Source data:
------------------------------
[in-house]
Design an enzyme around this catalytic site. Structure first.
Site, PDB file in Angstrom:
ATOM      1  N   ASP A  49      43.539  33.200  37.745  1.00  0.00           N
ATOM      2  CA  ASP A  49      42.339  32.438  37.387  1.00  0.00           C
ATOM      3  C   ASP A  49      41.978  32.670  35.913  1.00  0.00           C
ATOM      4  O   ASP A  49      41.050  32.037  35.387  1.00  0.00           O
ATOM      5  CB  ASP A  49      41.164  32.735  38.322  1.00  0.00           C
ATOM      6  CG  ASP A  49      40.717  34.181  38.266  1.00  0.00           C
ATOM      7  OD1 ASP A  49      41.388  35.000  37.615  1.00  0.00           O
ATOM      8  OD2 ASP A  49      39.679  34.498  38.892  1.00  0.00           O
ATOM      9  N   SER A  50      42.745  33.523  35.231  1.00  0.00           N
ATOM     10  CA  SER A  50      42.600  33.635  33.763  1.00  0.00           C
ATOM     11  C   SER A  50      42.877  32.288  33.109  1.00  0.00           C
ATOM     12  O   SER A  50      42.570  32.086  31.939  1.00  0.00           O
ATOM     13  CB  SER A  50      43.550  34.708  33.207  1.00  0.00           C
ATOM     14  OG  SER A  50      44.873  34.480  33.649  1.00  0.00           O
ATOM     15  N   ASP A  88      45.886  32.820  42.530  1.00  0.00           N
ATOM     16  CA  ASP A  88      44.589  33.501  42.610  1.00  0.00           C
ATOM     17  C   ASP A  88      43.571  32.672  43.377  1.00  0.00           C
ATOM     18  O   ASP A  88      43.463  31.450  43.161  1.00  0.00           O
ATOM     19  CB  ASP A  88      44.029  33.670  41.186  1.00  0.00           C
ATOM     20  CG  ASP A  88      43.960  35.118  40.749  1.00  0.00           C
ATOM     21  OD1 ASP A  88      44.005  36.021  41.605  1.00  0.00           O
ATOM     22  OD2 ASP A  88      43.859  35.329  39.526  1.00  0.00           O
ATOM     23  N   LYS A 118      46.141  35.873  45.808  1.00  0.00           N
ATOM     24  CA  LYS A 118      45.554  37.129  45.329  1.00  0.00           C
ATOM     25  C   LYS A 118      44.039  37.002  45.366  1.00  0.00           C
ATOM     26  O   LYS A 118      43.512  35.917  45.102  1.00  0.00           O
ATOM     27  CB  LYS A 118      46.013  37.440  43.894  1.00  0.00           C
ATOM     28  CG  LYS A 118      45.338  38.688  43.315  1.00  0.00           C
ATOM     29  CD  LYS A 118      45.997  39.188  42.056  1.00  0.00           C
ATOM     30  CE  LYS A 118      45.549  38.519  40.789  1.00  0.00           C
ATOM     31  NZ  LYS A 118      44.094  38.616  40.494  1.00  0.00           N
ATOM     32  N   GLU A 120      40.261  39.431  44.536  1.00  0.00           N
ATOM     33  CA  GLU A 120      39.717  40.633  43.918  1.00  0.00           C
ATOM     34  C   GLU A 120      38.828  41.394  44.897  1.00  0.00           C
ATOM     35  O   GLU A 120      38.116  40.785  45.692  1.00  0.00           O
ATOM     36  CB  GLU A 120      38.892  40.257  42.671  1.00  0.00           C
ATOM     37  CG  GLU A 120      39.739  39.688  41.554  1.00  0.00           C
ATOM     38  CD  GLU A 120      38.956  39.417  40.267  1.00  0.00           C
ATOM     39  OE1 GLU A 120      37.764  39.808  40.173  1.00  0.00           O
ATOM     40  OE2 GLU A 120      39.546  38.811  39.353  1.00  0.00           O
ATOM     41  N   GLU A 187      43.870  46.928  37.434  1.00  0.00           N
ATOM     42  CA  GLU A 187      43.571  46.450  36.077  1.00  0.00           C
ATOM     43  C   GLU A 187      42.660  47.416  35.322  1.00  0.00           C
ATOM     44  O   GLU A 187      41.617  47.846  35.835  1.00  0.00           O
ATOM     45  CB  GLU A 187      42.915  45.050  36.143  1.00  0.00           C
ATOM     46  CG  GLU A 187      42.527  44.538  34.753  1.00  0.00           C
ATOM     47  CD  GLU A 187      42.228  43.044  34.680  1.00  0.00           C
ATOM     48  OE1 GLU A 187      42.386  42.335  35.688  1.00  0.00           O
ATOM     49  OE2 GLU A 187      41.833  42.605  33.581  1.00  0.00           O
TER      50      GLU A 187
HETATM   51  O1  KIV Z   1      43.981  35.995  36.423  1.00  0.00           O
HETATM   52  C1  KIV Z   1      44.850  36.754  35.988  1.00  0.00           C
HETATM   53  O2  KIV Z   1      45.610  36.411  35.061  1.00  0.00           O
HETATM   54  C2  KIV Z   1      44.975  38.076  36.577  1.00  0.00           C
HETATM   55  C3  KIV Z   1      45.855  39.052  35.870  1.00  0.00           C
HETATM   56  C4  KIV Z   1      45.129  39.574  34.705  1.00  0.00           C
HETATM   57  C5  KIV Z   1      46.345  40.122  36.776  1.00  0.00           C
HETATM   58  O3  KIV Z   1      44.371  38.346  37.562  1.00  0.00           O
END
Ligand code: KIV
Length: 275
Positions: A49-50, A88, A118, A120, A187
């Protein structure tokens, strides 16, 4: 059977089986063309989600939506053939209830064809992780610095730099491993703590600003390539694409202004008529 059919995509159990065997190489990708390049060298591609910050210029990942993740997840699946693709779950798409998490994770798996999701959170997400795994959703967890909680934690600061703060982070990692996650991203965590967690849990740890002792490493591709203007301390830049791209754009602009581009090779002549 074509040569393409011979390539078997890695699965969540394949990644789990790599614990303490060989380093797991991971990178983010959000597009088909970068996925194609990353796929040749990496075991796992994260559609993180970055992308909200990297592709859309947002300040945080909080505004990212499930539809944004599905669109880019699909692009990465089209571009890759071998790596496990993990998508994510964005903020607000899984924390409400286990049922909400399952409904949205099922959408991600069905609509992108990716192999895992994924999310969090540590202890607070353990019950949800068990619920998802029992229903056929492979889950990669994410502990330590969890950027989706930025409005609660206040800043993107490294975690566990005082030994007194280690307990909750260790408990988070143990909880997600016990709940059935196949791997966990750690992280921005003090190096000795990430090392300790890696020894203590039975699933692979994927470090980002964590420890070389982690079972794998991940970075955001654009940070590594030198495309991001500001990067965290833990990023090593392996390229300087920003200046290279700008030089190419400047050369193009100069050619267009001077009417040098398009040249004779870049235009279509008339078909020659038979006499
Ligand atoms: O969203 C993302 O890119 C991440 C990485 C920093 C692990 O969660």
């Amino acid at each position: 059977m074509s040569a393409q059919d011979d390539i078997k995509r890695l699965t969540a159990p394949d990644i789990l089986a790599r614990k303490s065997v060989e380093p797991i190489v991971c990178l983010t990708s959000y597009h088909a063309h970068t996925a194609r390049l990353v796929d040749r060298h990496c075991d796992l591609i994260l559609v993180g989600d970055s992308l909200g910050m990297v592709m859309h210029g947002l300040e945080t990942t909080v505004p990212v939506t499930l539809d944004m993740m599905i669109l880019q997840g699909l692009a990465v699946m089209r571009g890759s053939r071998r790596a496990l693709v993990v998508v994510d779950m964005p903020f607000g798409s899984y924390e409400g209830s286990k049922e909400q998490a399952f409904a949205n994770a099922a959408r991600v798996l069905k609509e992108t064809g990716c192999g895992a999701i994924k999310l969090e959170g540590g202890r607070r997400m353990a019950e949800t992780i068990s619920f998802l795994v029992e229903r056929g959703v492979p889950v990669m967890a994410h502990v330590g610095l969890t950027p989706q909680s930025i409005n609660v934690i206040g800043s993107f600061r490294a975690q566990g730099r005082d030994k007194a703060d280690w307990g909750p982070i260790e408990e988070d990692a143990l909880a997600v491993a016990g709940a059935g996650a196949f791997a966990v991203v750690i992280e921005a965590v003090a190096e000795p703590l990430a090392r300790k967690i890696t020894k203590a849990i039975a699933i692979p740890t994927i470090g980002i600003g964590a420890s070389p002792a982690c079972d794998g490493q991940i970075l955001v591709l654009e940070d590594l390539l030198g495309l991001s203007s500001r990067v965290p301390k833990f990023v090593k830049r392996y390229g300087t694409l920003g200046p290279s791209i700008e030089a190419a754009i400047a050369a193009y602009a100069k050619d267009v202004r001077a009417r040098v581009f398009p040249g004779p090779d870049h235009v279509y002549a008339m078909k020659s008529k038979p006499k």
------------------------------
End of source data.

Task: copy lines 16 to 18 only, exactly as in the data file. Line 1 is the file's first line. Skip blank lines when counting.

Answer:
ATOM     13  CB  SER A  50      43.550  34.708  33.207  1.00  0.00           C
ATOM     14  OG  SER A  50      44.873  34.480  33.649  1.00  0.00           O
ATOM     15  N   ASP A  88      45.886  32.820  42.530  1.00  0.00           N